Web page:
Throughout my life, there have been all kinds of falling: the kind that starts faintly and deepens in shades, until you can’t tell when it stopped being one thing and started being love; then there’s the kind that happens like cataclysm, sudden and irrevocable, so that the moment becomes history: a December 26 tsunami, a 9/11 explosion, a June 20 walk from a bar, the birthday I turned 20, the birthday I turned 18. You remember where you are, what you’re doing, when the world changes.
I’ll pause for a while, to say that I’m talking about Tori Amos here, about her new album The Beekeeper. It’s taking some courage to do that, as one would about past loves they can’t quite get over, and don’t really want to talk about. (“Shame shame,” as Tori and Damien Rice admonish, on “The Power of Orange Knickers.” “For letting me think that I would be the one.”)
Let me tell you something about me and Tori. I remember taking a ride in Bob’s car, heading out of the Ateneo gates, and being told, “Here’s something I think you’ll like.” The first song (it was a cassette) wasn’t a minute in when I demanded to be driven to the nearest record shop (we ended up at Robinson’s Galleria) to get my own copy of Little Earthquakes. It was beautiful, and I would listen to little else for months afterwards, up until the summer of 1993 when, listening to the album for the million billionth time in my room, I had an epiphany of sorts. I can’t quite explain exactly what it was that I learned, but it was like, well, losing my virginity.
Something about the music made me aware of my body, and no, Mr. Filthybrains, it wasn’t like that. Something about the edge in her voice, something about the pain and the longing all coiled up inside everyone, something about how hot it was that summer: I stopped living in my head that year, and became so comfortable with the power of this skin and these bones that I surprised even my fencing teammates. (That was the year I stopped being everyone’s little whipping girl; a year later, I was team captain, and the coach would only let me practice with the boys’ team because it was the only way I could get a good workout.) So you see how her music--and here I cringe because I know exactly how floopy that sounds--has become such a part of my life in a way that even the music from my favorite bands haven't.
I’ve loved Tori more (From the Choirgirl Hotel) and less (Boys for Pele), but just last week I surprised myself when someone suggested that I looked like a Tori fan. “What, do I look like someone who draws unicorns in my friggin’ notebook?!” I huffed. And anyone who’s ever read the articles or seen the documentary DVDs about Tori fans know what a frighteningly geeky bunch of freaks they are. This is, after all, a woman who talks in verbal pretzels when she’s being eloquent; a woman in a mutually referential relationship with Neil Gaiman; a woman who, for God’s sake, named her daughter after Tolkien’s Lothlorien. So…what? Me? No, no, I never liked Tori that much.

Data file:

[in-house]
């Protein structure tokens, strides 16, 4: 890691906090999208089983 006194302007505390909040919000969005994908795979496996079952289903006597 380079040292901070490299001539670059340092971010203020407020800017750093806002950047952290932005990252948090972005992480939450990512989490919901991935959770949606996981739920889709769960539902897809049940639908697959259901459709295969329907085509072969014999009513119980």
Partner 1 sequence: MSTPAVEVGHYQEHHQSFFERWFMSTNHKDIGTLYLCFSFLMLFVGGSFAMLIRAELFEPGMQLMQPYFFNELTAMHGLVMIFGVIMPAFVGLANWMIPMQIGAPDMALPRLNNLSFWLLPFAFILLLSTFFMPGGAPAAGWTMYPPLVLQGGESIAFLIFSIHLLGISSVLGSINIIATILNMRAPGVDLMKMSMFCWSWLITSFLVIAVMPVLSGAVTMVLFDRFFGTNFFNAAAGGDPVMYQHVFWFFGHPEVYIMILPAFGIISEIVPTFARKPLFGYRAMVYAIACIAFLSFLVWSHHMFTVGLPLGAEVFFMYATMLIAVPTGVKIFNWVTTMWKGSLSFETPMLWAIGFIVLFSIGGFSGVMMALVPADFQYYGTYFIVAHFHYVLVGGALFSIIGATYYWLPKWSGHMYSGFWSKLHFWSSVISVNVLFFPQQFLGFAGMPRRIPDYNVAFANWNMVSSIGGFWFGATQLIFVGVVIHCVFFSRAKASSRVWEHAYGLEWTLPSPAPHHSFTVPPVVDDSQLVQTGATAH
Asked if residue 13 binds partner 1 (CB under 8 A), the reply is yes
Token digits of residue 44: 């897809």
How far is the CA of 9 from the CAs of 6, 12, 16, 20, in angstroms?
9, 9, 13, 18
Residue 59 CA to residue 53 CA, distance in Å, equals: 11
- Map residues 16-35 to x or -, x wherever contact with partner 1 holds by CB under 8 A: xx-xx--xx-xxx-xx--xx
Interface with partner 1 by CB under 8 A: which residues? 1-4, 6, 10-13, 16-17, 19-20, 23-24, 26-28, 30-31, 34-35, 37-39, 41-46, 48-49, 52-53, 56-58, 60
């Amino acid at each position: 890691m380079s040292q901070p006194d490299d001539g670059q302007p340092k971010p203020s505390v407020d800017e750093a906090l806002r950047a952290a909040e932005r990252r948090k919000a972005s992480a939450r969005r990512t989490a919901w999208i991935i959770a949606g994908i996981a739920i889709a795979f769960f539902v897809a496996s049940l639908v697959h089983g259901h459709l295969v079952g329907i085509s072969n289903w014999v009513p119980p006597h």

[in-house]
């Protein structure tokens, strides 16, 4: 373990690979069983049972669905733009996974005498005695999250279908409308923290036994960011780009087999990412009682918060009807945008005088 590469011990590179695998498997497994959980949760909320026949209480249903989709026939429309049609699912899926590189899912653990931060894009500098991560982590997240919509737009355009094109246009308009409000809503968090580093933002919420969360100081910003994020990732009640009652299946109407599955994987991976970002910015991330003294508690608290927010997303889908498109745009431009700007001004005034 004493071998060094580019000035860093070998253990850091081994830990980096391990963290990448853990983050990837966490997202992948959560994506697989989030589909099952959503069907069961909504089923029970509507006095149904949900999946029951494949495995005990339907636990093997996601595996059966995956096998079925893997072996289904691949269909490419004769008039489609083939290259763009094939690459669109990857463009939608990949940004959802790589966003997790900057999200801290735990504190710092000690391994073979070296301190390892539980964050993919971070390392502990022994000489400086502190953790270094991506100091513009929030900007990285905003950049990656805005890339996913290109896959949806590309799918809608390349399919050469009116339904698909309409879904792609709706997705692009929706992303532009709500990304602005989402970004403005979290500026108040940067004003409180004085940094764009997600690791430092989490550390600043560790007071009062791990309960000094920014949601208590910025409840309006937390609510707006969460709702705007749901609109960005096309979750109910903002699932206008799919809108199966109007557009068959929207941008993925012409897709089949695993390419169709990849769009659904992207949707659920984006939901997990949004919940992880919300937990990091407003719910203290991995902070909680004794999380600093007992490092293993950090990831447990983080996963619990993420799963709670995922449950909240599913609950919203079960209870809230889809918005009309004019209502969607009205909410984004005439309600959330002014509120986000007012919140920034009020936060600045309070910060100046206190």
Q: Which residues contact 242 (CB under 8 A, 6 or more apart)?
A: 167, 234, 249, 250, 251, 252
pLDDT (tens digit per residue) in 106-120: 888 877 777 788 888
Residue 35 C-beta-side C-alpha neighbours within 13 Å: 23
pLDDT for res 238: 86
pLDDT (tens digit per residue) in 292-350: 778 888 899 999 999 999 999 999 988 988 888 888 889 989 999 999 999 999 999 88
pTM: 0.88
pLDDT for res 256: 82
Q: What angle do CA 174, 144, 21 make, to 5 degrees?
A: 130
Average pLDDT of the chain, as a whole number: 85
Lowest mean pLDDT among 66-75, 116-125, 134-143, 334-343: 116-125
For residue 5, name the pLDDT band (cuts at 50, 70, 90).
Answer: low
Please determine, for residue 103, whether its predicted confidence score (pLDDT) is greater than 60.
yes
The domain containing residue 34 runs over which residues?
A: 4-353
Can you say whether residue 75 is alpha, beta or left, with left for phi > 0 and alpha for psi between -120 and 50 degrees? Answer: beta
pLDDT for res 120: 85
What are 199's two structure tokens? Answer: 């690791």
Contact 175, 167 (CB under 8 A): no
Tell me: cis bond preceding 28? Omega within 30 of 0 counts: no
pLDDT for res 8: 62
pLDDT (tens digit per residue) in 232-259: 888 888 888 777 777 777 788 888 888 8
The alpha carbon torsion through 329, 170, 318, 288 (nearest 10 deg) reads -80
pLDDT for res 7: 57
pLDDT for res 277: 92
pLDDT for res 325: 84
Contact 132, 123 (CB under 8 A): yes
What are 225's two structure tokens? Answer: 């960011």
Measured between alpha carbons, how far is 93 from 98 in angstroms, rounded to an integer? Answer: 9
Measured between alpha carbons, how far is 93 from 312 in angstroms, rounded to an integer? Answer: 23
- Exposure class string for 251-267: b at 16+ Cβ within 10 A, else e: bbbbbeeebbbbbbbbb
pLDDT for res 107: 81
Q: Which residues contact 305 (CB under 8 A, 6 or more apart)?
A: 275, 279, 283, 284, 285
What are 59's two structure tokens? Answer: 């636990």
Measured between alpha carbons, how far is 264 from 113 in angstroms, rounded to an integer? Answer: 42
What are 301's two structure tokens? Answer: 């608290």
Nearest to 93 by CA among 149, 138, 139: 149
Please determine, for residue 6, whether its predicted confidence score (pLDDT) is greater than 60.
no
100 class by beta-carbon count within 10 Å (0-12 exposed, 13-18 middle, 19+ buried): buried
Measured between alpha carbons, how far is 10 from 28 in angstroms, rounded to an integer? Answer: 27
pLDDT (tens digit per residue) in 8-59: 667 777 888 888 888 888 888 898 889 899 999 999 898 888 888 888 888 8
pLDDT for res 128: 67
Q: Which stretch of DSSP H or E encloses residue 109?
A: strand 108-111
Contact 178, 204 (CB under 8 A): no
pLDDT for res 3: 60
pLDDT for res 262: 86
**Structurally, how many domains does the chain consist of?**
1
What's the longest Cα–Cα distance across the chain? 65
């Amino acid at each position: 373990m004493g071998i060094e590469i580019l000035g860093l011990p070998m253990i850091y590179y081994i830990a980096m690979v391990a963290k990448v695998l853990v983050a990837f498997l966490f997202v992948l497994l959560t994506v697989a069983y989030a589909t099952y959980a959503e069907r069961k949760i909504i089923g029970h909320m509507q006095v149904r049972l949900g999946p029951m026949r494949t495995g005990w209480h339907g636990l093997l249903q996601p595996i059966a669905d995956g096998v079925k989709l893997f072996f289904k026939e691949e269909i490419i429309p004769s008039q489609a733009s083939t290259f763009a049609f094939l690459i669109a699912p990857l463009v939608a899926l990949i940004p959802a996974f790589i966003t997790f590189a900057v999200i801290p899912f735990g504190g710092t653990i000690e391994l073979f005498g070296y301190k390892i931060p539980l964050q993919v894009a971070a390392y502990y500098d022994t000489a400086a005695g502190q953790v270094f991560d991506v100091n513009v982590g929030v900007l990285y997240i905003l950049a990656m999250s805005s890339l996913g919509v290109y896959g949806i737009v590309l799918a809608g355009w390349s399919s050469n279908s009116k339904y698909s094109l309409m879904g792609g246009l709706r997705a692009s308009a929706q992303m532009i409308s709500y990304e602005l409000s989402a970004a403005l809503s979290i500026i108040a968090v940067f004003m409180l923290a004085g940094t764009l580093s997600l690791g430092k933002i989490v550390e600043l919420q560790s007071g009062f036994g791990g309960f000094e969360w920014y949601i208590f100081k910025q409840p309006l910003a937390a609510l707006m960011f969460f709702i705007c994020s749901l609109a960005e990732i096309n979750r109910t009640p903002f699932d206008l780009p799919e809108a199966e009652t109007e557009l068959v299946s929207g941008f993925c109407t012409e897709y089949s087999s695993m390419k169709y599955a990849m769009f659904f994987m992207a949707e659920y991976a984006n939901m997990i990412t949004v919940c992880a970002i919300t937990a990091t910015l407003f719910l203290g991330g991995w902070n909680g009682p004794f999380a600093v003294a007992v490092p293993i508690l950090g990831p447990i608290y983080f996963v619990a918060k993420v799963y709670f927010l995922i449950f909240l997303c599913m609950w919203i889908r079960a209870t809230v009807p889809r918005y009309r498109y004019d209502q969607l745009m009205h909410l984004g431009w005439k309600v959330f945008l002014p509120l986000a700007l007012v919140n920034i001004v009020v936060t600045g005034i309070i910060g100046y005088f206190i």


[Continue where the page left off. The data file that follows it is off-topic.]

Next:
But here I am, listening to The Beekeeper, and for all its faults-—it’s boring in parts, underproduced, missing the insanely rich layers of music or the painfully spare melodies that made her best work so deeply crazy and so deeply affecting—-my heart is again in my throat, my hands shaky, my stomach in knots. I can’t explain it.
It was easier to figure out what I felt about Tori Amos’ music when she was making the relatively sparse but emotionally gutting Little Earthquakes and Under the Pink, or the deep and intricate From the Choirgirl Hotel and To Venus and Back. The lines were drawn then: because Tori’s music demands such a huge and deeply visceral investment, you either buy into it, or you don’t. I bought into it, big-time.
Now this may have marked me for life, because, like any lover (or cult member) I may see why I shouldn’t invest so much emotionally into The Beekeeper, but I can’t stop myself. I'm trying to tell myself that I can't be this personal with an album, not after spending six years pounding out hundreds (!) of reviews, and certainly not after growing up to be, well, me (and not, for example, Peach). But maybe it's too late for that now. Tori requires a personal response because, producing greatly personal music, that's the way she's asked to be let in, and that's how I've let her in. I realize that this is gushing. It is not what I could sanely claim to be a "conventional critical response." But so what? Tori Amos isn't what I would call a conventional musician either, and she'll never produce conventional music, and we'll never have a conventional relationship.